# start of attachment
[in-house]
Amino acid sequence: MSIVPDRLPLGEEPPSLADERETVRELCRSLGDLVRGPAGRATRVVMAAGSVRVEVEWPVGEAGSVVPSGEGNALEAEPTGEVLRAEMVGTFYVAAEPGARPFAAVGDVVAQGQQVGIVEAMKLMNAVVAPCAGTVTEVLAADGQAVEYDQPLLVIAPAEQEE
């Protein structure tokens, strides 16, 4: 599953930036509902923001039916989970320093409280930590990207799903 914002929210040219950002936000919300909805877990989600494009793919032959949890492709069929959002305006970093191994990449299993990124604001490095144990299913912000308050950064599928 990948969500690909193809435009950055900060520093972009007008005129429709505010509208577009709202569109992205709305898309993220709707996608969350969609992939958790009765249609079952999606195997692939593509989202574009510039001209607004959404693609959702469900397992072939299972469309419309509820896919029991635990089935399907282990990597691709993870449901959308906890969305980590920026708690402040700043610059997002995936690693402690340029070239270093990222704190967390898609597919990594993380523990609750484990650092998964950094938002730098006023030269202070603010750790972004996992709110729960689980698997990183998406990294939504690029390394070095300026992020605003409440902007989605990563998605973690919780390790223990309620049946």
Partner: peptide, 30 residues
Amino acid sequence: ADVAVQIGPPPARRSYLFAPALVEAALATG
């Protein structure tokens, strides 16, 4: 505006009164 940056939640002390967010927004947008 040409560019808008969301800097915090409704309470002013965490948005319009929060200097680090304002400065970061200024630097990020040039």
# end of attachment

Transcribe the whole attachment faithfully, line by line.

[in-house]
Amino acid sequence: MSIVPDRLPLGEEPPSLADERETVRELCRSLGDLVRGPAGRATRVVMAAGSVRVEVEWPVGEAGSVVPSGEGNALEAEPTGEVLRAEMVGTFYVAAEPGARPFAAVGDVVAQGQQVGIVEAMKLMNAVVAPCAGTVTEVLAADGQAVEYDQPLLVIAPAEQEE
């Protein structure tokens, strides 16, 4: 599953930036509902923001039916989970320093409280930590990207799903 914002929210040219950002936000919300909805877990989600494009793919032959949890492709069929959002305006970093191994990449299993990124604001490095144990299913912000308050950064599928 990948969500690909193809435009950055900060520093972009007008005129429709505010509208577009709202569109992205709305898309993220709707996608969350969609992939958790009765249609079952999606195997692939593509989202574009510039001209607004959404693609959702469900397992072939299972469309419309509820896919029991635990089935399907282990990597691709993870449901959308906890969305980590920026708690402040700043610059997002995936690693402690340029070239270093990222704190967390898609597919990594993380523990609750484990650092998964950094938002730098006023030269202070603010750790972004996992709110729960689980698997990183998406990294939504690029390394070095300026992020605003409440902007989605990563998605973690919780390790223990309620049946």
Partner: peptide, 30 residues
Amino acid sequence: ADVAVQIGPPPARRSYLFAPALVEAALATG
């Protein structure tokens, strides 16, 4: 505006009164 940056939640002390967010927004947008 040409560019808008969301800097915090409704309470002013965490948005319009929060200097680090304002400065970061200024630097990020040039």